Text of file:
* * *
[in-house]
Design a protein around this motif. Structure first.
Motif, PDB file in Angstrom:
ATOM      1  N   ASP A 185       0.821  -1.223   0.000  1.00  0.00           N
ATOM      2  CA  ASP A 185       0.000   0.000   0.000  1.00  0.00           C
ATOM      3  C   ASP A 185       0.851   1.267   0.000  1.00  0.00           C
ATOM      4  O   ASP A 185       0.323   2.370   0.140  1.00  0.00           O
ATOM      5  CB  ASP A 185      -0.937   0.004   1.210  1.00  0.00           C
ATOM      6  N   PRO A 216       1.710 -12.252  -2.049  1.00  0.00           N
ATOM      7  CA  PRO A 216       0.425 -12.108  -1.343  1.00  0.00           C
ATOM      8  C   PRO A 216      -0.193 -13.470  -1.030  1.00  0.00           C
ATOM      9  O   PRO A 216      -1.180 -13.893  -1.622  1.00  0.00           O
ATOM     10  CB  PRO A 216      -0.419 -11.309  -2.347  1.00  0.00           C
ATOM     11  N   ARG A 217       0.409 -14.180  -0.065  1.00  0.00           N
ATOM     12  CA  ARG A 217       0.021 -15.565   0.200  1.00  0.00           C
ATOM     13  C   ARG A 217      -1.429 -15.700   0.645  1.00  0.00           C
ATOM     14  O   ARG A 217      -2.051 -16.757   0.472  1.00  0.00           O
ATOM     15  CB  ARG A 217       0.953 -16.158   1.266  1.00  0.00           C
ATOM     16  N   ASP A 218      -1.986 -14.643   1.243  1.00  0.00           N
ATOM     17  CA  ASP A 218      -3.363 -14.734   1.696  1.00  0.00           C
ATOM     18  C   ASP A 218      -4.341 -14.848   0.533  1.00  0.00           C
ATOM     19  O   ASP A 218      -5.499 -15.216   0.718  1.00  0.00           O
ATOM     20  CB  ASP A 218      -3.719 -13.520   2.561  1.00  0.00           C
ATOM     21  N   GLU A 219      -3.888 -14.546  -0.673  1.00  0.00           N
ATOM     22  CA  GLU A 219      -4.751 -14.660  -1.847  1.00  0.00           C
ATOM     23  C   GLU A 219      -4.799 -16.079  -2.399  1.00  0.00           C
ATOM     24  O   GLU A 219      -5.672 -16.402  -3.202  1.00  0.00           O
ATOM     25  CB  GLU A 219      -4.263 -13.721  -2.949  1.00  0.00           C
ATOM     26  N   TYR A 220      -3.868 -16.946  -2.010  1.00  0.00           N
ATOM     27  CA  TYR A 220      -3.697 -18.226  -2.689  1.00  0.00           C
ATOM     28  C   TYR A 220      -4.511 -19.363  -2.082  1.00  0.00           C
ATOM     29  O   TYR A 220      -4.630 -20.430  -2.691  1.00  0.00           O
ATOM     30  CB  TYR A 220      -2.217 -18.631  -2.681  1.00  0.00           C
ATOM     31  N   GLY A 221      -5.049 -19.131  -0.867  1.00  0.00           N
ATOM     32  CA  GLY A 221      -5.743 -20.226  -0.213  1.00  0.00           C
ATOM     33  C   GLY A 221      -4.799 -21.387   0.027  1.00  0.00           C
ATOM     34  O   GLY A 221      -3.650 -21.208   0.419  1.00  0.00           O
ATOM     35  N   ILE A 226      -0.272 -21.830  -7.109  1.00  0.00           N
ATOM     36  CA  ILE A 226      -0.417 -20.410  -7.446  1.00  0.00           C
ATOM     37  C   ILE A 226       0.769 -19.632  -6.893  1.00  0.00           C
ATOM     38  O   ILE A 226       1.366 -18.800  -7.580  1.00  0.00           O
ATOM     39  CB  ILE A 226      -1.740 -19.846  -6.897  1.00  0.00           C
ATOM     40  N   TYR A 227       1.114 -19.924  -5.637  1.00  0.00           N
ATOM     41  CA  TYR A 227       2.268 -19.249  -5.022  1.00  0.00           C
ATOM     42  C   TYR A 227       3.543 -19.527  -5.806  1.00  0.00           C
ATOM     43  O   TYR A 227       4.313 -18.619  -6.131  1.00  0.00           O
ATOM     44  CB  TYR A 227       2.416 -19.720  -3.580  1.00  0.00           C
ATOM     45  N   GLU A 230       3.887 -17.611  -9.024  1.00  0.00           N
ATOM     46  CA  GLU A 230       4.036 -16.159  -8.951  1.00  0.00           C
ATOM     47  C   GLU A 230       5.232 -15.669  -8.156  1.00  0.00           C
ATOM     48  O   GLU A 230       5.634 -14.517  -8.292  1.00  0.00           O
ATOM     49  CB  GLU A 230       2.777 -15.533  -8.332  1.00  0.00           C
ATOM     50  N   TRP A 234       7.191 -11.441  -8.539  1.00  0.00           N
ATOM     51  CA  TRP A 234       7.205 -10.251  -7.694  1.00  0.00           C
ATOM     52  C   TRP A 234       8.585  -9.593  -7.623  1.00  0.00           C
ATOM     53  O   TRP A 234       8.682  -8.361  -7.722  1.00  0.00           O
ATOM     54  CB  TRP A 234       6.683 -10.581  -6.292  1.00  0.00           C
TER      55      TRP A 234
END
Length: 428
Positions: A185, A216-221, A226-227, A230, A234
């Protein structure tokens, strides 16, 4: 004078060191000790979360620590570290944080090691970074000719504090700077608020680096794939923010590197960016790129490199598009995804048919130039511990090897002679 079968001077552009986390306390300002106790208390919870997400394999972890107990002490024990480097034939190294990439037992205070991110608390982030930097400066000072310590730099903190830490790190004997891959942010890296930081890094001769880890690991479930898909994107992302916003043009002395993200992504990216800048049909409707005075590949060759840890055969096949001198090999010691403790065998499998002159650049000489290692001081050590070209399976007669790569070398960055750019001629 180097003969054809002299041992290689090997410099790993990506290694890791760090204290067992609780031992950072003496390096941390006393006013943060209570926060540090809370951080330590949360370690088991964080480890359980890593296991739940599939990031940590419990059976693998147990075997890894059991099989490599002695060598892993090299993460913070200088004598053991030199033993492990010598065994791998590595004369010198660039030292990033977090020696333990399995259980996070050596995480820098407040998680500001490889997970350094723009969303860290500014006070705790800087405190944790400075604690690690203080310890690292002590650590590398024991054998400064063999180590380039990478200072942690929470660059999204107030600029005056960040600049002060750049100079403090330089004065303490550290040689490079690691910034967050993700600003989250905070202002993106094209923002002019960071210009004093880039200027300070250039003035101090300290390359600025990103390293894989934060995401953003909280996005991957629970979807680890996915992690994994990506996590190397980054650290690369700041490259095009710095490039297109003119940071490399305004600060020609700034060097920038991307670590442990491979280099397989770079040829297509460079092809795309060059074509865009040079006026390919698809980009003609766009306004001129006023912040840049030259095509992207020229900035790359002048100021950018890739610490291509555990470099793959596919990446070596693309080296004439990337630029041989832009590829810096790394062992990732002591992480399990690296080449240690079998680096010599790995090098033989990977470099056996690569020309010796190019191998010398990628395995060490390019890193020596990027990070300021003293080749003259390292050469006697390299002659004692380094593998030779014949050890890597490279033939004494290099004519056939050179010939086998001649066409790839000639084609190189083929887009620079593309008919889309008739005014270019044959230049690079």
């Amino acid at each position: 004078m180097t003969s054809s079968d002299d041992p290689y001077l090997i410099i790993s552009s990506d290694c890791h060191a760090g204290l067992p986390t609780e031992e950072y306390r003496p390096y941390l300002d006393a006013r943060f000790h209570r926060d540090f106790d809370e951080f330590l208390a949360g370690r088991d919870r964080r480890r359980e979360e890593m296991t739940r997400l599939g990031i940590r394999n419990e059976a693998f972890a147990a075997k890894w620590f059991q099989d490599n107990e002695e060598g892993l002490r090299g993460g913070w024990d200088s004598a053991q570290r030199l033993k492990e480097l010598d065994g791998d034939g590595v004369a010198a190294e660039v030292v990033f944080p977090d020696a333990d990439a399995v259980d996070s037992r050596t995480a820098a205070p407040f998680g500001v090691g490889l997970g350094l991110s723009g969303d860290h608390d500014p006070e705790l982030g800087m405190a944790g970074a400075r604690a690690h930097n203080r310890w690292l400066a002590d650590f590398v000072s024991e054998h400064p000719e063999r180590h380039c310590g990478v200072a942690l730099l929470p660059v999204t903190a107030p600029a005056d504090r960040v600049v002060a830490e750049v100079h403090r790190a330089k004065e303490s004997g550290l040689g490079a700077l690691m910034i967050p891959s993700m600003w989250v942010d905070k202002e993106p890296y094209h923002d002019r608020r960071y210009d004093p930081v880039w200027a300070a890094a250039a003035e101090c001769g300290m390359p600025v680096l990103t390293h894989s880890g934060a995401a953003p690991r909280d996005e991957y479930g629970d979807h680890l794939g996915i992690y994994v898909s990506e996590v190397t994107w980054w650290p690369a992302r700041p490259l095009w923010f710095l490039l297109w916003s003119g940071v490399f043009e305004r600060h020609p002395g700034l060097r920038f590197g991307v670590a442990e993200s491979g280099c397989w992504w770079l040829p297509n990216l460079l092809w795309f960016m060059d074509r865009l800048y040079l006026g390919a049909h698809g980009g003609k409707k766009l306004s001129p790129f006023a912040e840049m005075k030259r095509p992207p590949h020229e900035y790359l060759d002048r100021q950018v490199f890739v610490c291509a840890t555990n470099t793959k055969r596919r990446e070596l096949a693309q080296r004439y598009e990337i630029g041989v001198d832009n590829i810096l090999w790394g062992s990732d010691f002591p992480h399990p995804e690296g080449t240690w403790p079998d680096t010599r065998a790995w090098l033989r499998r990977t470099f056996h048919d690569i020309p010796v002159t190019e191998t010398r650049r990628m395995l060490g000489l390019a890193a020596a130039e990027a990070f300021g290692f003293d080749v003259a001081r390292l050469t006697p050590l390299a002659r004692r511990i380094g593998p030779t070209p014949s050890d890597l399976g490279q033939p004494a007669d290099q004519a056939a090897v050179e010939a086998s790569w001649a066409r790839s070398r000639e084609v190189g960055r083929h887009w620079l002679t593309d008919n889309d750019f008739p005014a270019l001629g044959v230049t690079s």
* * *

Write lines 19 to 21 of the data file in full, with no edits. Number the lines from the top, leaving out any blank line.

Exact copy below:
ATOM     16  N   ASP A 218      -1.986 -14.643   1.243  1.00  0.00           N
ATOM     17  CA  ASP A 218      -3.363 -14.734   1.696  1.00  0.00           C
ATOM     18  C   ASP A 218      -4.341 -14.848   0.533  1.00  0.00           C